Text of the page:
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put Zimbabwe under "Martial Law"
for War and Peace Reporting (IWPR)
Africa Reports (AR No. 71, 27-Jul-06)
Gumbo in Harare
Mugabe is consolidating his grip on Zimbabwe through new autocratic
laws that analysts say are calculated to cripple opposition to the
veteran leader's 26-year-rule and muzzle criticism over the imploding
strategy to silence dissent includes attempts to spy on private
email and telephone messages, the jamming of private radio stations
broadcasting to Zimbabwe, and restricting civic and opposition groups
by branding legitimate resistance to Mugabe's rule "terrorism".
the national director of the Catholic Commission for Justice and
Peace, said three new bills expected to be pushed through when parliament
resumes in August will effectively put the country under undeclared
martial rule, as Mugabe seeks to curb growing opposition to his
rule spawned by Zimbabwe's worsening economic hardships.
"It would seem
there is a state of siege from the way the state apparatus is being
used to deny people their freedoms," said Chaumba.
Patrick Chinamasa has tabled the three laws - the Interception
of Communications Bill, the Suppression
of Foreign and International Terrorism Bill and the Non
Governmental Organisations Bill - all of which which now await
a senior lecturer at the University of Zimbabwe's Institute of Development
Studies, said the legislative package is clearly designed to consolidate
Mugabe's grip on power. "It is meant to create the impression that
the government is watching its opponents and that it is aware of
every move they make," he said. "This represents a movement towards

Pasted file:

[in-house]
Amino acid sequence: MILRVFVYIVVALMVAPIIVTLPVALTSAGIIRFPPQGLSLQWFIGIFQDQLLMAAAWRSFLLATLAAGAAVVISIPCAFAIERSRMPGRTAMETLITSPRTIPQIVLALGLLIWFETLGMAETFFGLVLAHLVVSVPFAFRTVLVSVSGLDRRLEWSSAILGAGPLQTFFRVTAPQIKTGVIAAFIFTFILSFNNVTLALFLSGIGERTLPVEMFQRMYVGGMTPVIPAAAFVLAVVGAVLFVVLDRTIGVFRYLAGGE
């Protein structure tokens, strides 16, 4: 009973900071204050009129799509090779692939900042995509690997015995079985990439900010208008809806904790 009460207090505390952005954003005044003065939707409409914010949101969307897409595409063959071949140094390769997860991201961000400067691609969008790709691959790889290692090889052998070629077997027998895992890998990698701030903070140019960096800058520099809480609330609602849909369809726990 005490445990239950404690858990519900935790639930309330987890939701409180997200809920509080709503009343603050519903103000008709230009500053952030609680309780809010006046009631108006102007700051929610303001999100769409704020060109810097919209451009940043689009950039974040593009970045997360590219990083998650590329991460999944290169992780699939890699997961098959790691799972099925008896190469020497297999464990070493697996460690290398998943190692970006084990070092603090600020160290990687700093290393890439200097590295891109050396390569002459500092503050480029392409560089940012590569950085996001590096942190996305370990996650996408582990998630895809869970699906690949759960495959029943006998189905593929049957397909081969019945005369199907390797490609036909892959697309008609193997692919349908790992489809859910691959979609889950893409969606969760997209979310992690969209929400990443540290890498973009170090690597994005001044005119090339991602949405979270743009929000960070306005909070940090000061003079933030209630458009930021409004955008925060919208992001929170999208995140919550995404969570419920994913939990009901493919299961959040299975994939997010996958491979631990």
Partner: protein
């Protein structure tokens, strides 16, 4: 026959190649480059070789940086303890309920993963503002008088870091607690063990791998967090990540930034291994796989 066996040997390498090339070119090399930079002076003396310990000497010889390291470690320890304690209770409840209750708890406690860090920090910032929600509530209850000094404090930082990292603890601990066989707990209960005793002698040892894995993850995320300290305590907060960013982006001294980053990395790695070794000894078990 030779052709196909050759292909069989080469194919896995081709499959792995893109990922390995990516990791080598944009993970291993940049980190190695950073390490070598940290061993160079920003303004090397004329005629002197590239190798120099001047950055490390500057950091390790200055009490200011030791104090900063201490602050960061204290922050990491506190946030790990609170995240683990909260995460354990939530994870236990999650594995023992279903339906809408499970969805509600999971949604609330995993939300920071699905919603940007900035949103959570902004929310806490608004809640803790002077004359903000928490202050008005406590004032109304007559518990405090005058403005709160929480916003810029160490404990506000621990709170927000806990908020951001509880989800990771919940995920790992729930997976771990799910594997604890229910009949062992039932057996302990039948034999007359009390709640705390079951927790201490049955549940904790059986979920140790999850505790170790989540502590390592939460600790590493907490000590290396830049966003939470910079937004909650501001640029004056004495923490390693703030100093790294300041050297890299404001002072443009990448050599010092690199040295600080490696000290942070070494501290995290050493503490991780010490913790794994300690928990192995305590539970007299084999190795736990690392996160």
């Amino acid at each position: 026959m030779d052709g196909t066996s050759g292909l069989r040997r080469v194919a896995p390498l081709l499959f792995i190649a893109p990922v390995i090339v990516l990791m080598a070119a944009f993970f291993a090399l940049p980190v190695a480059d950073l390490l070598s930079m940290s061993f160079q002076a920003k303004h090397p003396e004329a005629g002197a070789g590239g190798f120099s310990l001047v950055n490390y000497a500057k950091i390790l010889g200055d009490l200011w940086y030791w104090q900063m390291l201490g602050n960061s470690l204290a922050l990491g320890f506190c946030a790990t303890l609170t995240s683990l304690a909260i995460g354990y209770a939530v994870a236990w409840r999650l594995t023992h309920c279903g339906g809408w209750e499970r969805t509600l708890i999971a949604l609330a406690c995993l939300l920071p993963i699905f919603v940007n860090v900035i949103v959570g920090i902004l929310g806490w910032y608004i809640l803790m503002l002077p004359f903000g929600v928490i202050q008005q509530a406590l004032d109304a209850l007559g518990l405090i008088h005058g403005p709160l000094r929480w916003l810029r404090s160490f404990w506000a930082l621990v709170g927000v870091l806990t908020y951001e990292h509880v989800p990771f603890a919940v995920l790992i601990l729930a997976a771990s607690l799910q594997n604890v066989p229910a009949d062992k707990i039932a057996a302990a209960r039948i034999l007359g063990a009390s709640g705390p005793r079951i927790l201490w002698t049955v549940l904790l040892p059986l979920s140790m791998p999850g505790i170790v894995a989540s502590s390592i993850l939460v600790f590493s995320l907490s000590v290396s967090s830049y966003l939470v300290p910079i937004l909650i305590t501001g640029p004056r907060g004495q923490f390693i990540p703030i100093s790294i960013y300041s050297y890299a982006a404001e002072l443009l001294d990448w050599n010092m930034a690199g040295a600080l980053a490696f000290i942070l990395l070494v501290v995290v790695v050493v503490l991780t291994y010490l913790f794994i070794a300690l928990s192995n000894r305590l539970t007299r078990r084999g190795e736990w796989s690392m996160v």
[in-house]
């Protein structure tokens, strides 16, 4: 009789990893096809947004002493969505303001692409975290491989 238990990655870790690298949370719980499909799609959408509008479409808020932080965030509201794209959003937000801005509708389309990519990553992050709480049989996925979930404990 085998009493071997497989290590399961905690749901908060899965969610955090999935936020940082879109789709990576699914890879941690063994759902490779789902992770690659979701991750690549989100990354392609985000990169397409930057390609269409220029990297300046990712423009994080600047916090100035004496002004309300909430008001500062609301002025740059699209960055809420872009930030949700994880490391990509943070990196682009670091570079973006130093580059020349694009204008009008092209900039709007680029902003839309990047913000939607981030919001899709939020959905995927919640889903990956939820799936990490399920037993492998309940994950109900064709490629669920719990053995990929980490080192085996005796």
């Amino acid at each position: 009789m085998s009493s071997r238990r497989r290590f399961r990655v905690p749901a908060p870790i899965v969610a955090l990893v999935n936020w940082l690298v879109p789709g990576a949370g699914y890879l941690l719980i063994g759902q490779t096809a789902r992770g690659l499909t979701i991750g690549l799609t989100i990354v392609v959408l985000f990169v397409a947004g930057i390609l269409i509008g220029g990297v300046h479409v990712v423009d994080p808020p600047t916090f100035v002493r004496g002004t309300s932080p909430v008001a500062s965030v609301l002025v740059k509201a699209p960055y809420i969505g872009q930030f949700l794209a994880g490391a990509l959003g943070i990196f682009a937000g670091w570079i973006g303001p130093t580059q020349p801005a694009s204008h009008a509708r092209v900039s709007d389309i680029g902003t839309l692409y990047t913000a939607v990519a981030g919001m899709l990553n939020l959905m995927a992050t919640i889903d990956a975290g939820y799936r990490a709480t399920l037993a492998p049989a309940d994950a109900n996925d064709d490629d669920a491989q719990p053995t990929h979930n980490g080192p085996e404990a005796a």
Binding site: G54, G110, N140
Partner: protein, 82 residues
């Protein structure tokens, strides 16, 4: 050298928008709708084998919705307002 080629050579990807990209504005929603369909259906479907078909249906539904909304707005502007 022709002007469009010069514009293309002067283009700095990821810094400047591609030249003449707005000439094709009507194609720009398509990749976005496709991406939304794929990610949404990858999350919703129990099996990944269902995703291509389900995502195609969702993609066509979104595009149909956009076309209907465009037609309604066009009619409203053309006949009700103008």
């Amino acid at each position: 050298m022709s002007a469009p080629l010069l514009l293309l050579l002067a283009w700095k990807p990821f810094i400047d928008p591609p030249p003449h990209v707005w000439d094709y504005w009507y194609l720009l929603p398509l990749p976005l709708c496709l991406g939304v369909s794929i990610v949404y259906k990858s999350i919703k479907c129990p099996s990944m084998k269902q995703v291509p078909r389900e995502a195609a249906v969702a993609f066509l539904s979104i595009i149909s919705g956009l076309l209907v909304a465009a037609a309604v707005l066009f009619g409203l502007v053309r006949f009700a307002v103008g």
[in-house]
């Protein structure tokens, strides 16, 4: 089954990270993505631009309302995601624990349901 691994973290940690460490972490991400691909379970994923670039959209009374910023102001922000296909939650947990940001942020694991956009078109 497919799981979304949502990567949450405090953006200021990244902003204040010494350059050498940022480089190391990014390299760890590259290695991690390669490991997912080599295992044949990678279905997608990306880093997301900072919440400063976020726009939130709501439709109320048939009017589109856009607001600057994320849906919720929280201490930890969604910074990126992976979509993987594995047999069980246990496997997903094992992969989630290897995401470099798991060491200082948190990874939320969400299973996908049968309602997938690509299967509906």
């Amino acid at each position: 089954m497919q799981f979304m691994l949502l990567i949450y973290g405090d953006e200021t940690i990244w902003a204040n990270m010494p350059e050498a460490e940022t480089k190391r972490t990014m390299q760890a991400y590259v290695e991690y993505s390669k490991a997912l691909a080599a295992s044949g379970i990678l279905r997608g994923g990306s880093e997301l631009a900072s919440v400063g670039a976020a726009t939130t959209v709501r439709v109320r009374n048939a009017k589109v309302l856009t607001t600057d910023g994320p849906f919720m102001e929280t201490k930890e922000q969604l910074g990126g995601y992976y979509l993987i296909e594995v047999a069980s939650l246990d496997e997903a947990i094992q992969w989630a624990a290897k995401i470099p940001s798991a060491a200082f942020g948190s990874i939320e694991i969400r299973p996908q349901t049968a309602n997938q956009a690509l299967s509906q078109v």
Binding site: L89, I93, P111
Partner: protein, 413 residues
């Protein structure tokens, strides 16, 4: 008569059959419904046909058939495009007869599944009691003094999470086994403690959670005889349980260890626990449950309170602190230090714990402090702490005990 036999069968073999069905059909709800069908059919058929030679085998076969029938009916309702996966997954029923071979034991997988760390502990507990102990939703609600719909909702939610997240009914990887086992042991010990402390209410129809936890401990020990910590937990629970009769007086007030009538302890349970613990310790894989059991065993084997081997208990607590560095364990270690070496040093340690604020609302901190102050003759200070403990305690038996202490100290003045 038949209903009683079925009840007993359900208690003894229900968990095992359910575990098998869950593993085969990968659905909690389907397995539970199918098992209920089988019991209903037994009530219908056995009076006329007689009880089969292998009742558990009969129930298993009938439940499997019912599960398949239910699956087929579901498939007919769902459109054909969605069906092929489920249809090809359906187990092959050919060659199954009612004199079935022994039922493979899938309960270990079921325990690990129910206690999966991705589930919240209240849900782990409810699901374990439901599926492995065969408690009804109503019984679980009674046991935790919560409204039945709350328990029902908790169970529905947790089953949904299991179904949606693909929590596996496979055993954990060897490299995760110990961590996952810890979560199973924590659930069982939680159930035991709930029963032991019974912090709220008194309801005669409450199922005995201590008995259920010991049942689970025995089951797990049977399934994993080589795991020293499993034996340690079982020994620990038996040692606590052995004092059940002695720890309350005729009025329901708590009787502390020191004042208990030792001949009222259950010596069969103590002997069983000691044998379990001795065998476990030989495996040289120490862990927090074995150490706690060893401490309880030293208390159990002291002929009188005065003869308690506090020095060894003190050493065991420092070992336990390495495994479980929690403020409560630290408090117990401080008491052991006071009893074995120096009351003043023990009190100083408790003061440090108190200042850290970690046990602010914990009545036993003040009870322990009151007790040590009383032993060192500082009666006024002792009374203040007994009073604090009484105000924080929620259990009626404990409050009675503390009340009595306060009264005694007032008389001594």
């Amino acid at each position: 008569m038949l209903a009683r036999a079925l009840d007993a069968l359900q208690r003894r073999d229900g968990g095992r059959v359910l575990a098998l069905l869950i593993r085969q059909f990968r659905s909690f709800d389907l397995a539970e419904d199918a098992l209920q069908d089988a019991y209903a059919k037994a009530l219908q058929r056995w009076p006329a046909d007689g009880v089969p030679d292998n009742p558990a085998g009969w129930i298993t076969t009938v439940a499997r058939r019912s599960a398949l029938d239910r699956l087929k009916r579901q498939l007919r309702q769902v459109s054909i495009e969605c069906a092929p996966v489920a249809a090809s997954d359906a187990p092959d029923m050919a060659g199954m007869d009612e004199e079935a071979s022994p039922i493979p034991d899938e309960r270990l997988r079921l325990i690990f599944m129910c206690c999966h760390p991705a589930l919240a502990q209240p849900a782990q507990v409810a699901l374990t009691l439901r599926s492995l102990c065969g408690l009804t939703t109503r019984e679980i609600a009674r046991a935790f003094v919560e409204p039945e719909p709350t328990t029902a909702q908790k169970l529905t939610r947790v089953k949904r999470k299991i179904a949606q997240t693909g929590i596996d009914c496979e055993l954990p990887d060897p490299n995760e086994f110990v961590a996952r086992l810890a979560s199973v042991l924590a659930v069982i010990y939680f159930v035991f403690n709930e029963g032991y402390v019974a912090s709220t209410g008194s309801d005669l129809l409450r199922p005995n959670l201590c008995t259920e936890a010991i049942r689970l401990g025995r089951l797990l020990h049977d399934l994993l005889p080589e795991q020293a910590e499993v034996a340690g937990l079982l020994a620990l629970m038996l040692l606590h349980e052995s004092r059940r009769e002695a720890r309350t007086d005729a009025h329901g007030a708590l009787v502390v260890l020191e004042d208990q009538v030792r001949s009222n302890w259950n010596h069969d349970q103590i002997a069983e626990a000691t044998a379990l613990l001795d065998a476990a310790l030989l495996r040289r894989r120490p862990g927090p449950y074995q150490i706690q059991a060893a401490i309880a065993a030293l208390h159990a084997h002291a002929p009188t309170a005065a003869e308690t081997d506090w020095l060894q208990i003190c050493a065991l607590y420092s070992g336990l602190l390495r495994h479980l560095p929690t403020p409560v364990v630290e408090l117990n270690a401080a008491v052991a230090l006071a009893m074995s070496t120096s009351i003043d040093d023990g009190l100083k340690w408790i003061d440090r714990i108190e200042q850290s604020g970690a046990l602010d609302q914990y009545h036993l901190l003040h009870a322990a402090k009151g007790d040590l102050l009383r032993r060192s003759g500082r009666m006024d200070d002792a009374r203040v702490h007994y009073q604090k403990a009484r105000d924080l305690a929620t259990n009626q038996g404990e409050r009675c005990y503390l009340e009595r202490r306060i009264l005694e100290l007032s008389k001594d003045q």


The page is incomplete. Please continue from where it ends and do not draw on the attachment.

some kind of new fascism."
of Communications Bill, published on June 9, will give Mugabe's
government unfettered authority to monitor phones and emails sent
from both land- and internet-based addresses. Mugabe claims the
bill is meant to protect national security and fight crime. Under
this legislation, the government will establish a communications
monitoring centre which will "monitor and intercept certain communications
in the course of their transmission through a telecommunication,
postal or any other related service system".
the bill is part of a renewed government crackdown, which also includes
tough policing and political intimidation, designed to outlaw criticism
and entrench Mugabe's rule in the face of the growing swell of opposition
to his draconian policies.
"This is a well
calculated move to crush any dissenting views," said constitutional
law expert Lovemore Madhuku, who chairs the National Constitutional
Assembly, a broad alliance of civic groups agitating for constitutional
reform. "It is a challenge to all the forces fighting for democracy
in Zimbabwe. This should not be seen in isolation. It is a broad-based
move to keep opponents in check. One can actually call it intimidation,
of Foreign and International Terrorism Bill, which has already sailed
past its first reading in parliament, is another proposed law in
a cocktail of legal instruments that analysts say would further
curtail most basic freedoms. The law will see those convicted of
working to overthrow Mugabe jailed for life.
It comes in
the wake of the brief detention earlier this year of opposition
members and police officers, who later had charges against them
of stockpiling arms and plotting to assassinate President Mugabe
dropped. THe authorities had accused the men of working with a UK-based
organisation called the Zimbabwe Freedom Movement which was said
to be plotting to end Mugabe's 26-year rule.
bill is certain to sail through parliament, where Mugabe's Zanu-PF